Roger Sherman: Negotiator of Compromises in the New American Government with Mark Hall
What unique contributions did the various Founders make to liberty and constitutional self-governance? BRI’s new “American Founders” Scholar Talk Series seeks to answer this and other questions. In this episode, Mark Hall, Herbert Hoover Distinguished Professor of Politics at George Fox University, joins BRI Senior Fellow Tony Williams. The two discuss Founder Roger Sherman and touch on his ability to compromise, his contributions to national and state politics, and the reasons why he is not better known today. What contributions by Sherman to the new national government were integral in securing liberty and self-government in America?
Roger Sherman (1721-1793)
In this lesson, students will study the life of Roger Sherman. Students will learn about his contributions to public service, his views on the proper division of power between state and national government, and his view on the role of government.
Roger Sherman in His Own Words
John Adams wrote in his diary on September 15, 1775, “Sherman’s air is the reverse of grace, there cannot be a more striking contrast to beautiful action, than the motions of his hands…” Roger Sherman, the dour and devout Calvinist from Connecticut was a signer of the Declaration of Independence, The Articles of Confederation, and the Constitution of the United States.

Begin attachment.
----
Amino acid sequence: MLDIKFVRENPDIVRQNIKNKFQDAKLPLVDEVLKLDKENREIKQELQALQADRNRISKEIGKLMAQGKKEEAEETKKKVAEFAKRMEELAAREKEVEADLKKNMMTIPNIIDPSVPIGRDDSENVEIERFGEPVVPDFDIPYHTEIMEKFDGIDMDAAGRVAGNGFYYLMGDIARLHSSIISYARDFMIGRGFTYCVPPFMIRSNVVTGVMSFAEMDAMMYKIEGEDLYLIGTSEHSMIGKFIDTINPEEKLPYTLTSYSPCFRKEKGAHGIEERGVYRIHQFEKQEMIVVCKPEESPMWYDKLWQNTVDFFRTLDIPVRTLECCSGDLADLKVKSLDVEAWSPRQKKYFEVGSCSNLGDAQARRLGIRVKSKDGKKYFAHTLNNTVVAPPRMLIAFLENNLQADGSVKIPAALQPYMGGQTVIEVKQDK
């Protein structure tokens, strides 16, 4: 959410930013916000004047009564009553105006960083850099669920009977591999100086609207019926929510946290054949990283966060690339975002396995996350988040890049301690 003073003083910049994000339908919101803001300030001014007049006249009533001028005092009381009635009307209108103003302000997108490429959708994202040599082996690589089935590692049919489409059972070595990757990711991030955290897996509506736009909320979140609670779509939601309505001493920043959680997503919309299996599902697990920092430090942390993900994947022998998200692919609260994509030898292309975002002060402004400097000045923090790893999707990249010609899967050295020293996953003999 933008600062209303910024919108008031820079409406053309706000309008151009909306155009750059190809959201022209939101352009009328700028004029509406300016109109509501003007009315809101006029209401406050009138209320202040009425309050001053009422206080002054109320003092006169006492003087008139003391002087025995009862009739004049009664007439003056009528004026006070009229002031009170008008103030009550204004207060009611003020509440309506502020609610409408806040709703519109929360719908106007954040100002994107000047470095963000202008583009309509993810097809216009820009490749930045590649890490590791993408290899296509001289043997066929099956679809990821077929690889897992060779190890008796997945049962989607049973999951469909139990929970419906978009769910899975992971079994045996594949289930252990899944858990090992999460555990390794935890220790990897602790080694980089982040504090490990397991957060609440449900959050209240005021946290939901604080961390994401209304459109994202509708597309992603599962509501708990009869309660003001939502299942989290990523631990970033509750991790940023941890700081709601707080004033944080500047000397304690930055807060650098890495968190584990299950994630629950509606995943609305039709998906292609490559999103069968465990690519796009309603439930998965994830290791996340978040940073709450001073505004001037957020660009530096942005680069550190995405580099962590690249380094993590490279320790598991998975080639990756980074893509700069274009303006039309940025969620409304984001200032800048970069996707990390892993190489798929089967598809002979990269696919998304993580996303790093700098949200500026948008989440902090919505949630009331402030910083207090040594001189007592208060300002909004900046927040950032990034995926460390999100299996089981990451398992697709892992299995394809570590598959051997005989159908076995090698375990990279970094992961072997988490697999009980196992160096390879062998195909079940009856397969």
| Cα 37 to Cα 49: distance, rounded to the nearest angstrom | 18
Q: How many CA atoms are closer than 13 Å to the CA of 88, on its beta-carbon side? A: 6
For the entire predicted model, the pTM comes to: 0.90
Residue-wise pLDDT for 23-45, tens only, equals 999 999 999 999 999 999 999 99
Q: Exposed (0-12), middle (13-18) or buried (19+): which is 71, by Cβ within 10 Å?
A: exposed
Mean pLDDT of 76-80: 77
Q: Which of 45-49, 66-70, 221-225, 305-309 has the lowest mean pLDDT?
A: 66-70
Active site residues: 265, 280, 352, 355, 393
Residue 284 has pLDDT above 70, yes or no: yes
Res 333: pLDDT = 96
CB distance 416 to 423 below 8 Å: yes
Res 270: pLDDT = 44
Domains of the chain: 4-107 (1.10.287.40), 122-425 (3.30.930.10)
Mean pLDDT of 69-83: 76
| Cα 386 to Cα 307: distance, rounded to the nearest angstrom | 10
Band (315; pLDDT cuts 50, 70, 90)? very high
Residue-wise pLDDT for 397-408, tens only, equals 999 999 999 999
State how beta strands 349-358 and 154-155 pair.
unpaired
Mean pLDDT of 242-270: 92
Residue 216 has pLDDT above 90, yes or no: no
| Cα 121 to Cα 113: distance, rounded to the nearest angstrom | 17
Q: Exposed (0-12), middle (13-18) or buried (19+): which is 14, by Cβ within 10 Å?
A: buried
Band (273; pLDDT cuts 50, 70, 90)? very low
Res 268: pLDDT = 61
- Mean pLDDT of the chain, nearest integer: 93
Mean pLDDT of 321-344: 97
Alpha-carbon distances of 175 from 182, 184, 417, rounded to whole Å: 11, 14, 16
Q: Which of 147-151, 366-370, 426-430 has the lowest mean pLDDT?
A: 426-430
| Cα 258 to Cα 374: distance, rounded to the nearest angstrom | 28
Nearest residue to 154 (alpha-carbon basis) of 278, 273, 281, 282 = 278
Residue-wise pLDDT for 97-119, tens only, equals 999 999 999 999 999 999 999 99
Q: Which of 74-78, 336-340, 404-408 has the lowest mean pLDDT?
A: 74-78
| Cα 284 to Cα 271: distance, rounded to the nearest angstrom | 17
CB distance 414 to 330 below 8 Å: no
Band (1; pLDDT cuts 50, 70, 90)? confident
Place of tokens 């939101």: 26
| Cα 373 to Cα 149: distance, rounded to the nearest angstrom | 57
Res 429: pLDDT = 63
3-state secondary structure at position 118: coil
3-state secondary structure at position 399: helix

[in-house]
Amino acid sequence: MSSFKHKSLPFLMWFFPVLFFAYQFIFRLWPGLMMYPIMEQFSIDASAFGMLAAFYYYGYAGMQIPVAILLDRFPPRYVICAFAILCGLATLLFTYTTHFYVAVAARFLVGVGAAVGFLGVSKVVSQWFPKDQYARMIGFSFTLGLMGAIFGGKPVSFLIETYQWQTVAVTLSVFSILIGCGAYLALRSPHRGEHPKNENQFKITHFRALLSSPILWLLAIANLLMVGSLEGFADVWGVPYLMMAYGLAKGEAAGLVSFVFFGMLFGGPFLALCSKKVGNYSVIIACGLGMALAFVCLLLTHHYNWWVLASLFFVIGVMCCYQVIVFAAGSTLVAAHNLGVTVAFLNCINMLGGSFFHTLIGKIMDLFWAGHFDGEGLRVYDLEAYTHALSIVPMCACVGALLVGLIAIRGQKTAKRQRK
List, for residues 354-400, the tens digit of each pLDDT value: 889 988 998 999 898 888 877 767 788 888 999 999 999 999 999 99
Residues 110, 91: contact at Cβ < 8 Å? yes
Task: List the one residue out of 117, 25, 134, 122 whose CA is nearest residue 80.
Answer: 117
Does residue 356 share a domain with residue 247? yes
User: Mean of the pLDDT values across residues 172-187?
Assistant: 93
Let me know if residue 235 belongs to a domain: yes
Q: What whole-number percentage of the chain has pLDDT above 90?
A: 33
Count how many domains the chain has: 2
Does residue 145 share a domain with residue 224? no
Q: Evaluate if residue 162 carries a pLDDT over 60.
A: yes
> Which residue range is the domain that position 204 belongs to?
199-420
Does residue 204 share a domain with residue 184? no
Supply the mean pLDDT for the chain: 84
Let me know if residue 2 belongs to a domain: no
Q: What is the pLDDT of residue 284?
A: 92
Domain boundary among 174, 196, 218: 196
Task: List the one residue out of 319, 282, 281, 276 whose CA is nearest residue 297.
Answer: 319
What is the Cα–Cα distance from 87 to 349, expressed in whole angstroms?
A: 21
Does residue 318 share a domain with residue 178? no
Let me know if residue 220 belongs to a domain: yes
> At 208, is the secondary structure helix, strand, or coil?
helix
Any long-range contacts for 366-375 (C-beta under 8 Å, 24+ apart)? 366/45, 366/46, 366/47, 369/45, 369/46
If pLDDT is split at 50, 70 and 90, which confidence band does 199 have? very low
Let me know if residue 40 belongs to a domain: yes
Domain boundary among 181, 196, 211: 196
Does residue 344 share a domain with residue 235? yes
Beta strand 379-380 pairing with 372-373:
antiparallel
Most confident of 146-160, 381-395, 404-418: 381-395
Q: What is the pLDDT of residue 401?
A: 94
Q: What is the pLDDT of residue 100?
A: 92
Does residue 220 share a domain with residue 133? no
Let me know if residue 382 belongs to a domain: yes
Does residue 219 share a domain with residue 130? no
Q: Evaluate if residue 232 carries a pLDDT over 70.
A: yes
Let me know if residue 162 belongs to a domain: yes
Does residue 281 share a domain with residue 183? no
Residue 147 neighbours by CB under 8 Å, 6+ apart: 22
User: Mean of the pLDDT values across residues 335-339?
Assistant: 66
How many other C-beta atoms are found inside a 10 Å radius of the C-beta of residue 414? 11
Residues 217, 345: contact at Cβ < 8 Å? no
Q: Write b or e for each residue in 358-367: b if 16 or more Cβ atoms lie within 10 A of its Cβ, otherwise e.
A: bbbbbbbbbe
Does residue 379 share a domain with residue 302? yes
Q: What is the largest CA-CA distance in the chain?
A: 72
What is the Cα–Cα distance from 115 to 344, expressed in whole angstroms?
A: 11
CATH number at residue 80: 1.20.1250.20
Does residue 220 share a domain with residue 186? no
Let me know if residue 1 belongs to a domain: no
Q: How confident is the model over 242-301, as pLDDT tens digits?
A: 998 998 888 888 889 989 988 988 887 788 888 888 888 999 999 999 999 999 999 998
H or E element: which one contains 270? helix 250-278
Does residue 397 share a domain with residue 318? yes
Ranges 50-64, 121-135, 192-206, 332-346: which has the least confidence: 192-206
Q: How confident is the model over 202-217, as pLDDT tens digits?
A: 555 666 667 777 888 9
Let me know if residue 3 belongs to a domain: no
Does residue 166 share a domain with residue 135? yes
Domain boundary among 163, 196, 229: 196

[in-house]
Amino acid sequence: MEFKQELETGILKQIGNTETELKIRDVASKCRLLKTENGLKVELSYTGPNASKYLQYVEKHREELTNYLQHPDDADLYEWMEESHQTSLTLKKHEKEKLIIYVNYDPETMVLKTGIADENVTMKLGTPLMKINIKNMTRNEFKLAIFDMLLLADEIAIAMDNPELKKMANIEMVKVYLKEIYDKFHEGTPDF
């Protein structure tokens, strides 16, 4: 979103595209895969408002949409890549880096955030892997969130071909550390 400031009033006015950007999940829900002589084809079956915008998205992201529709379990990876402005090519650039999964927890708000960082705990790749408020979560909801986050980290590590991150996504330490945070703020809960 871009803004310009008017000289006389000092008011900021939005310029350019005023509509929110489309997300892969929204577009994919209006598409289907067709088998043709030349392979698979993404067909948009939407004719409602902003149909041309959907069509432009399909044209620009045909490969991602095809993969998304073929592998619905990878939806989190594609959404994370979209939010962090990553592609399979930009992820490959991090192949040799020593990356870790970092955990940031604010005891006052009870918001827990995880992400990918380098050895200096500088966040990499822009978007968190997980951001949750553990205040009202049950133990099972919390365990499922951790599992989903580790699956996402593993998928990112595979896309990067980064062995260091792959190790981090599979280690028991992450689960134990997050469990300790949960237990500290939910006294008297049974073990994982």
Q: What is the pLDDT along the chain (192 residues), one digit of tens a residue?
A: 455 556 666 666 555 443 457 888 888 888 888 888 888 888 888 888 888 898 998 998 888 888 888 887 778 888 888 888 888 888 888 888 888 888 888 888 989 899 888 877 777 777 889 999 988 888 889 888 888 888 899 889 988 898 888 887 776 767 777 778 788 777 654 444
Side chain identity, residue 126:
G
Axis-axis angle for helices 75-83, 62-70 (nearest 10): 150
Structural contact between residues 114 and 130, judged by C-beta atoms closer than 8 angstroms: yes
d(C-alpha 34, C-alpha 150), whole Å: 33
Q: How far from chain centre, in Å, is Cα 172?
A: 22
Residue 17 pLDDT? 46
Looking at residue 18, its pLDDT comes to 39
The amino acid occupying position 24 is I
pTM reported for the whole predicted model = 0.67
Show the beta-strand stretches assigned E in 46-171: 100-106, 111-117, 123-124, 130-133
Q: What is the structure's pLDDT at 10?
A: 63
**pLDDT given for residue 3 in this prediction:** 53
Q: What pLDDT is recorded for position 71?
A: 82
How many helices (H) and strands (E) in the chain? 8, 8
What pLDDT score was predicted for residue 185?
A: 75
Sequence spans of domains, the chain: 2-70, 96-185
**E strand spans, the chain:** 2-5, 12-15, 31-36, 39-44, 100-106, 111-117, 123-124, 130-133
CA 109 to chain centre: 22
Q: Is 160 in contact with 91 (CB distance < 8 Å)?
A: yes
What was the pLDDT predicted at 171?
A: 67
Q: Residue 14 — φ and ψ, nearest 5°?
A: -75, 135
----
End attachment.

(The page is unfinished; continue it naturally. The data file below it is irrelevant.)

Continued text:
The Constitutional Convention
During the “critical period” after the American Revolution, many were concerned that the Articles of Confederation were inadequate for the states to grow commercially and economically. The Confederation Congress announced a meeting to revise the Articles of Confederation, but not everyone was convinced that the Articles needed revision—or even that the goals of the Convention were admirable. Divisions emerged among the delegates regarding centralized power, executive power, representation, and slavery.